I thought that, today, it would be fitting to somehow acknowledge Michael Jackson on the anniversary of his birth, his 54th birthday. Though he may not be here in physical form anymore, being that he had the public following which he did, there is much that he left behind, from his creations to the perceptions of others as well as what you may call his teachings or ideas on life. He had the ability to show these ideas through the creation of music, performance, and short films throughout his life (as well as the occasional book and/or interview/speech). In looking at things that he and others have said I found the following:
The media first turned the trial into a freak-show by emphasizing Jackson’s peculiarities rather than his humanity, and stoked the ratings with constant, trivializing coverage while other, far more important stories went under-reported or completely ignored in Iraq, Iran, Afghanistan, North Korea, and Washington, D.C. The press might respond by saying, ”We gave the people what they wanted.” My response would be, ”My job is to give them what they want. When he steps into a recording studio, it’s Michael Jackson’s job to give them what they want. Your job is to give the people what they need.”
What an interesting excerpt from a piece written by Stephen King around Michael Jackson and his trial to fight off allegations of child abuse! It looks to me like it really sets the record straight on what goals belong to which professional in the public arena. Those who are intended to entertain, strive to give the public (to which they are entertaining) what that public wishes to see. Those who are intended to bring forth world events on a regular basis (such as news media) are intended to give the people facts and news about the events going on around the world.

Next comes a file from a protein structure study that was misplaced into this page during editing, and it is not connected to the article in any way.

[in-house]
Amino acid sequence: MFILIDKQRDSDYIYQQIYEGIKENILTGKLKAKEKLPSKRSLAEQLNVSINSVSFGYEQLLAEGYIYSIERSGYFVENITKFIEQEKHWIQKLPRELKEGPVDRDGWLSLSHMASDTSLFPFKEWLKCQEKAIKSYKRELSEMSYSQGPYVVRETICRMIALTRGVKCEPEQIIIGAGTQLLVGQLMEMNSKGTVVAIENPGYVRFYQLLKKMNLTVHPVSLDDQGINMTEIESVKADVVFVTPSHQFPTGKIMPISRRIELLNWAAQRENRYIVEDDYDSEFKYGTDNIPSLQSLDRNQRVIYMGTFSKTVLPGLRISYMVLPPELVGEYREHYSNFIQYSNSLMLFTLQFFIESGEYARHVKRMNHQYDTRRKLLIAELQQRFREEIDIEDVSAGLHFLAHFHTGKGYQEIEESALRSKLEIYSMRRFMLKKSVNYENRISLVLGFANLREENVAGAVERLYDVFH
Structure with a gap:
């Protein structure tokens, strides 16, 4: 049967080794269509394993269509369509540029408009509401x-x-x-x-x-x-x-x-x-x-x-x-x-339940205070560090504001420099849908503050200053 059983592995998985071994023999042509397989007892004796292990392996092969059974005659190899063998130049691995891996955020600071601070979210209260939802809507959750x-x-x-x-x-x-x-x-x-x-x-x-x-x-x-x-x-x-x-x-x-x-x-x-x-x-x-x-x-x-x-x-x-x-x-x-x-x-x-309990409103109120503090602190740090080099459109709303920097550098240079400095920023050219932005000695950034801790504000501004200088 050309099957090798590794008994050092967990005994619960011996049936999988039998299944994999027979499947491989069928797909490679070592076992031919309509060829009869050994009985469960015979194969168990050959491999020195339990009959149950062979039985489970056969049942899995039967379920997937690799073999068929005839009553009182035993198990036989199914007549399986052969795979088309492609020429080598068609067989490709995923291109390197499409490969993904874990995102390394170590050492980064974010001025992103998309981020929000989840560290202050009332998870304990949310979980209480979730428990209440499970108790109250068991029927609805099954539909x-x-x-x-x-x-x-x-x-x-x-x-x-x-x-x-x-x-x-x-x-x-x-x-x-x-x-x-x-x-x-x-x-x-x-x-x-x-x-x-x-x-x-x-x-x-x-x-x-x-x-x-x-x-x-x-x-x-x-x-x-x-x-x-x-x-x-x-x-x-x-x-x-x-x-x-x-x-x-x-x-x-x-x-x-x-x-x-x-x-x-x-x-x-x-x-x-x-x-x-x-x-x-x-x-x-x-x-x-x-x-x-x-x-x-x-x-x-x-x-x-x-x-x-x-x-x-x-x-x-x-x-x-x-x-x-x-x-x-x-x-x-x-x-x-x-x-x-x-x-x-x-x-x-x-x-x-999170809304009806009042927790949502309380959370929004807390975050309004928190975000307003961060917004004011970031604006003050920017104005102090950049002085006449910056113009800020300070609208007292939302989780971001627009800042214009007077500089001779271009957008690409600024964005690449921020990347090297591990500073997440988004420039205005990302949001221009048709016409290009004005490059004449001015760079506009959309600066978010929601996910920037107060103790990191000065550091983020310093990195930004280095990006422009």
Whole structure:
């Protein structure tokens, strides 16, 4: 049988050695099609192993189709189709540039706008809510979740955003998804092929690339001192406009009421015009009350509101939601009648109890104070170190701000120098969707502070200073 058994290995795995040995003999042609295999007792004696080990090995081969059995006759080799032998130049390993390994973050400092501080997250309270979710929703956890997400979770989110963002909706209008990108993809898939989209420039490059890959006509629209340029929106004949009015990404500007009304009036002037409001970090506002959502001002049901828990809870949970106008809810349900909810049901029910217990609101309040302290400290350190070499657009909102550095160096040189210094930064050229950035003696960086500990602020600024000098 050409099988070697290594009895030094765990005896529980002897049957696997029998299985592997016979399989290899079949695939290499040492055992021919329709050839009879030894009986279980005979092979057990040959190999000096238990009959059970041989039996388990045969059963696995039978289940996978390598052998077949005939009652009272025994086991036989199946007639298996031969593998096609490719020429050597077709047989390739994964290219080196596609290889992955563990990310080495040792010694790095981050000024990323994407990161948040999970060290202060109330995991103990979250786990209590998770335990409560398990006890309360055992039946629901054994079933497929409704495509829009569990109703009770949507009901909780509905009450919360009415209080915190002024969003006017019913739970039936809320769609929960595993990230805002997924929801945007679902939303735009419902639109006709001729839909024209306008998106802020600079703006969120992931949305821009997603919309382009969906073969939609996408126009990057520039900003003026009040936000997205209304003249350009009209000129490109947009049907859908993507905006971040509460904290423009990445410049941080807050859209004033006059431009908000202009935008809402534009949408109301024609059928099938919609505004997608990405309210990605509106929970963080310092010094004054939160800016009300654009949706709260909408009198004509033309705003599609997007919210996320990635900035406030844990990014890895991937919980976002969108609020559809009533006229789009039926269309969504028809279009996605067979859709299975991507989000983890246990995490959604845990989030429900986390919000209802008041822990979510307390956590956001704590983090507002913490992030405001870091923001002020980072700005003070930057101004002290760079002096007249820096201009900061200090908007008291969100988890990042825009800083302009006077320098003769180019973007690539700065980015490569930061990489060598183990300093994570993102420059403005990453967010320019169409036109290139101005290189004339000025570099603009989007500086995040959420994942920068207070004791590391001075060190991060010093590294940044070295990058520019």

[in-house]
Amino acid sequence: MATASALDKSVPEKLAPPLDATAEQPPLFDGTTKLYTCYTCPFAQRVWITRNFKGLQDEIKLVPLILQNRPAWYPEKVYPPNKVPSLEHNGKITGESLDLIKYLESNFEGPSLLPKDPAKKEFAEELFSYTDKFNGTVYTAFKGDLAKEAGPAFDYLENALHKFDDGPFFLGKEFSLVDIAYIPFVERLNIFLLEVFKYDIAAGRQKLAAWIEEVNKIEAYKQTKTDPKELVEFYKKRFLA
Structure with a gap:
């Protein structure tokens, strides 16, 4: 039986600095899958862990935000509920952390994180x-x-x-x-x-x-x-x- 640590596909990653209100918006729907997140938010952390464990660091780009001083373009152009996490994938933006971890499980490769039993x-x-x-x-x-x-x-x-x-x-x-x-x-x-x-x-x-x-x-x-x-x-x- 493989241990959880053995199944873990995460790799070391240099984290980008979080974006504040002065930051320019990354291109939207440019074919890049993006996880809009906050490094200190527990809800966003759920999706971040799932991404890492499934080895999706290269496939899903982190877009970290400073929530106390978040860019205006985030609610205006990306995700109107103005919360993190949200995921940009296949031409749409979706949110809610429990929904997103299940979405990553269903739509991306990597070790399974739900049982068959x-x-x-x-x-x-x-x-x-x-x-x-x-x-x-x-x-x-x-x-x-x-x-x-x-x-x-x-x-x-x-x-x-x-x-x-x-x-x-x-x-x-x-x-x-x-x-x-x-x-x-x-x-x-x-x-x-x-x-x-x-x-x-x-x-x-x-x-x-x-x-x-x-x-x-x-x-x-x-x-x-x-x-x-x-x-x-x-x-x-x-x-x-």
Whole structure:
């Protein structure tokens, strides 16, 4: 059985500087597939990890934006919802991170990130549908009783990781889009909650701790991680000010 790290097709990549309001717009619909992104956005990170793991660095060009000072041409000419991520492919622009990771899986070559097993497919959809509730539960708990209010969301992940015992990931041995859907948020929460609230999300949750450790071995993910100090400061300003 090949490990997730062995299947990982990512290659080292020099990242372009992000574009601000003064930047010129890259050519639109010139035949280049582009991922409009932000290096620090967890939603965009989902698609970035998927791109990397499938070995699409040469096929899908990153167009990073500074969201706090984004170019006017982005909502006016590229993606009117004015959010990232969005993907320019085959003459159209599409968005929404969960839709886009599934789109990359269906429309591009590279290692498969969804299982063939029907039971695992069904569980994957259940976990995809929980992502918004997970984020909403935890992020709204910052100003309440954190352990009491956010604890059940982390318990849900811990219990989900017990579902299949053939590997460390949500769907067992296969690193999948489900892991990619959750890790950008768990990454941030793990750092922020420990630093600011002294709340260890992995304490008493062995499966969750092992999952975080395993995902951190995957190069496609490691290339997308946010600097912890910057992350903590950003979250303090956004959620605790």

One could argue that the facts were being presented by news media as necessary pursuant to their roles. However, my impression was often that there was some level of suggestion in many reports that had some implication of guilt on the part of Michael Jackson, long before the jury had any say in the matter. Kind of unfortunate for it to be that way; what sells is what’s news, apparently.
From my perspective, Michael Jackson had the right idea:
Just because it’s in print doesn’t mean it’s the gospel.
He even had a song about it, Tabloid Junkie. Anything can be said or written; the more bizarre, sensational or just plain “out there” the better it sometimes seems as far as sales and public interest. I was rather shocked to see one particular story reported on CNN, as it was quite clearly to me the kind of thing of tabloids. The idea of him having a voodoo curse put on people such as Stephen Spielberg among others, bathing in sheep blood, and ceremonially having cows slaughtered in relation to the curses is really bizarre. At the time, I thought that CNN was a source for news, and I could never actually believe that story to be news no matter how much anyone might pay me or how much of a sales and marketing job was enforced upon me. To give them the benefit of the doubt, they must have just momentarily confused the character Wacko Jacko with the man who is Michael Jackson. They really seem like two completely different people.